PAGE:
“Is anyone short?” Petrangelo asked as Stern and Jeff Rossiter peered over at the other table.
“Sorel,” Rossiter said.
“Sorel,” Stern said.
Sorel Mizzi (for it was he) looked up as two of his friends and competitors said his name simultaneously, but this wasn’t a friendly salutation. It was a “Ha, look at him with his 12 big blinds and that man with a scythe standing behind him.”
But Mizzi, who had taken to blowing tiny, yet prophetic bubbles in his chewing gum, kept hold of his chips in time for the clock to run out, and that meant the waiting staff of Portomasso were going to need to serve up 14 plates of food in less than 75 minutes – which would break some kind of record in these parts.
INTERVAL — SAFETY CURTAIN
The players soon returned, and they were now in Level 17, with blinds of 4,000-8,000. Mizzi was still the short stack (there having been no administrative blunder in the intervening break), but there was no reason to give up hope just yet.
Connor Drinan, with the big stack at the table, was having fun. He was raising almost every single pot. Mizzi was dutifully folding, waiting for either a spot to shove or for someone else to go out. And he very nearly got the second of those wishes.
Over on the other table, Daniel Dvoress, who had only about two blinds more than Mizzi, got his stack in the middle with J♦J♥. Rossiter had opened this pot, making it 17,000 to go, and only needed to find another 51,000 to call. He did, with A♣9♥.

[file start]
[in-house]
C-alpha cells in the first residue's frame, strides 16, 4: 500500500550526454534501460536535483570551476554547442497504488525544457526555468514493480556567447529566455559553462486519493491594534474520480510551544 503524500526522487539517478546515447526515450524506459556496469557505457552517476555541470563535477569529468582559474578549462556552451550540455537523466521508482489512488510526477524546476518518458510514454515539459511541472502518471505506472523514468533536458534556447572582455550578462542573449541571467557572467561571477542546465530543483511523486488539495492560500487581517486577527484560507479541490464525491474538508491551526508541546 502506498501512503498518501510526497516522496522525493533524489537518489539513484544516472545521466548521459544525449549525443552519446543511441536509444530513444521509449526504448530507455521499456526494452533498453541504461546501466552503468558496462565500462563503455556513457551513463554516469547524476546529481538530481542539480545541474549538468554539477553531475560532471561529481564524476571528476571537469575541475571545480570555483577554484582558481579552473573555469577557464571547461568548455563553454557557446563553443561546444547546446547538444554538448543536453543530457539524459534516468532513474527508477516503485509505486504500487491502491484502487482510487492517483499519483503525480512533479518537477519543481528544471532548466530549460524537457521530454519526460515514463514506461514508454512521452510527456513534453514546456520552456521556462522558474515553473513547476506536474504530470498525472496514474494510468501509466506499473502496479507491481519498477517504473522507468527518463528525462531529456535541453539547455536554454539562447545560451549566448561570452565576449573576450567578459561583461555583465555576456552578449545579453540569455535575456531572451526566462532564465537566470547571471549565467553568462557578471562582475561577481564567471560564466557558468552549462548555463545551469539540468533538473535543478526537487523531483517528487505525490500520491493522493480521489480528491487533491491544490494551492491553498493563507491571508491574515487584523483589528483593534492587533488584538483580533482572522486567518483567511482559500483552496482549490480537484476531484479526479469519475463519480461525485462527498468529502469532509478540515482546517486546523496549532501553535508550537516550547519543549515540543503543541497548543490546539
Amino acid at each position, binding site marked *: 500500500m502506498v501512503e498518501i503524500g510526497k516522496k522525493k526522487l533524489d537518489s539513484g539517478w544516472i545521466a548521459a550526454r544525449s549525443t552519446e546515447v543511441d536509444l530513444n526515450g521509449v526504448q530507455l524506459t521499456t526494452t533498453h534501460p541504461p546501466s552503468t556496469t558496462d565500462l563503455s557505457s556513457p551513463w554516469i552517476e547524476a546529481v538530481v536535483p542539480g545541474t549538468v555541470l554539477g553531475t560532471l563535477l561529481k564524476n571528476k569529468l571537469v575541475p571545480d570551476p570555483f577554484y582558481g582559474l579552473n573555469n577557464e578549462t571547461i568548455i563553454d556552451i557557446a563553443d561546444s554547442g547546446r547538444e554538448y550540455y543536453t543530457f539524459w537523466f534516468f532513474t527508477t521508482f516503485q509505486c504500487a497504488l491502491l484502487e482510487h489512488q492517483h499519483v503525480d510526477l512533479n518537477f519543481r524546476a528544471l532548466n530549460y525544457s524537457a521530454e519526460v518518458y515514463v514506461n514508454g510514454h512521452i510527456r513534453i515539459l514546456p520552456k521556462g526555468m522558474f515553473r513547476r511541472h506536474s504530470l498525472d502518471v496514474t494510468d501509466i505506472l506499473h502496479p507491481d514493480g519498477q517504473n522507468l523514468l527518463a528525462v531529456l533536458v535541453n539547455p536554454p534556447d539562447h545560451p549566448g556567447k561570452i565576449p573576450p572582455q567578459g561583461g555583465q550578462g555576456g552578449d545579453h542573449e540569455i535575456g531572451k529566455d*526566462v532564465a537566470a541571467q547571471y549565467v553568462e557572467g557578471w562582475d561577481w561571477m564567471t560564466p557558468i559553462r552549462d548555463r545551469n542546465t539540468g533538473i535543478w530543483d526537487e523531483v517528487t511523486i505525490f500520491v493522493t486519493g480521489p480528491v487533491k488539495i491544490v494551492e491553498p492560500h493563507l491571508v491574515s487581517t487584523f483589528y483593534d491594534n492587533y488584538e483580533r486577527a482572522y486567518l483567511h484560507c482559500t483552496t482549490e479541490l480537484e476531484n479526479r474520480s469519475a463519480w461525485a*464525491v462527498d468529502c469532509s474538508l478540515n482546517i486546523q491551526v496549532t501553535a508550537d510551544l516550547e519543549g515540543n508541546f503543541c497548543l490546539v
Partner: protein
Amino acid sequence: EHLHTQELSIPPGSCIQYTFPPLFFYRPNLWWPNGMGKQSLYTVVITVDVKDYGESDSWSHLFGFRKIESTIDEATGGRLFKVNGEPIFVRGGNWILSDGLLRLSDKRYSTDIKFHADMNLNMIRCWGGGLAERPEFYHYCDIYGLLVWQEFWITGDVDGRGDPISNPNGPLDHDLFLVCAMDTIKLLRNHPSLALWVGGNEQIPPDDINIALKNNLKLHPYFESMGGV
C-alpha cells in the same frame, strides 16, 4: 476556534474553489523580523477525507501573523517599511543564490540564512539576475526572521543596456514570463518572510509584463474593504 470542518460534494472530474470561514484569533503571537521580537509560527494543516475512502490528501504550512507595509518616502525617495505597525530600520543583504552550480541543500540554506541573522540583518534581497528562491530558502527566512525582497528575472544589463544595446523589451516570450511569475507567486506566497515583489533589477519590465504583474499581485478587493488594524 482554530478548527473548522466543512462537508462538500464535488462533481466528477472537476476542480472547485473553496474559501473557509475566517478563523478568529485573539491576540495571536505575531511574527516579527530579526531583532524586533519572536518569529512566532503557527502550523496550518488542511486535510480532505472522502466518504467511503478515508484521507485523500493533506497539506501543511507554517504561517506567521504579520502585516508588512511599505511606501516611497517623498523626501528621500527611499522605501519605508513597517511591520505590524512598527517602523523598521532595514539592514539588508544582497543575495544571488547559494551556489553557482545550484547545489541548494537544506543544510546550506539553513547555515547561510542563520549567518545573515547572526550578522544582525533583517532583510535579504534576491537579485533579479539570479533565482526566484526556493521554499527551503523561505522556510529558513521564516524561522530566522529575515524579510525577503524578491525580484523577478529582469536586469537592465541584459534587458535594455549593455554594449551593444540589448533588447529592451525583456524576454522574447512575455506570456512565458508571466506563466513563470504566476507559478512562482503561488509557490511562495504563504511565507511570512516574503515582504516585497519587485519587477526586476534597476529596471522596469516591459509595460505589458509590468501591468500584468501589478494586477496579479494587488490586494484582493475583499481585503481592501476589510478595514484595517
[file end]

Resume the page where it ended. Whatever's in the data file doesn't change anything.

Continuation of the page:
The dealer wasted no time in laying down the flop and turn. “Slow, slow,” Gruissem requested, wanting to ratchet up the drama. The cards didn’t really offer anything dramatic, though. They came 5♦10♠9♣7♠3♠ and Dvoress doubled.
“Nice hand man,” Petrangelo said, his tone a masterclass in irony. “We were all rooting for ya.”
Mizzi was now under severe pressure and he had Drinan, two seats to his left, opening every pot. When Drinan did that on the button, making it 16,000 to play, Mizzi looked at his stack and called, leaving himself 38,000 behind.
At that point, I seemed to hear a hundred poker television commentators saying, “For me, he can only shove or fold there.” But Mizzi has close to $11m in live tournament winnings, and I think he knows what he’s doing.
The flop came J♦5♥A♥ and Mizzi checked. Drinan bet enough to put Mizzi all in, and he folded.
Drinan duly open raised the next two pots as well, but when he did it from the hijack, with Mizzi on the button, the latter sighed and shoved. “Zero Fox Were Given” read Mizzi’s punning T-shirt, beneath a picture of a fox. But he didn’t seem entirely pain free when Drinan made the mandatory call and showed A♣J♦, which was dominating Mizzi’s A♠10♦.
Mizzi got up and prepared to leave, but the window card was the 10♦ as the dealer fanned the flop. It proved simply to be a kind of tickle of the chin while the kick in the balls still duly followed. The J♣ turned and that was it.
Off went Mizzi, still an agonising $61,058 short of $11m in live tournament winnings. Zero Fox…
Everyone else is now guaranteed a nice start to their festival here in Malta, and someone will get more than half a million.
Follow all the action from the EPT Malta festival at PokerStars Blog. We have hand-by-hand action from the €25,000 High Roller in the panel at the top of the €25,000 High Roller page. Feature pieces are below. We also have a man on the IPT Malta stop. You might also want to download the EPT App, available on both Android or IOS. Unless you don’t.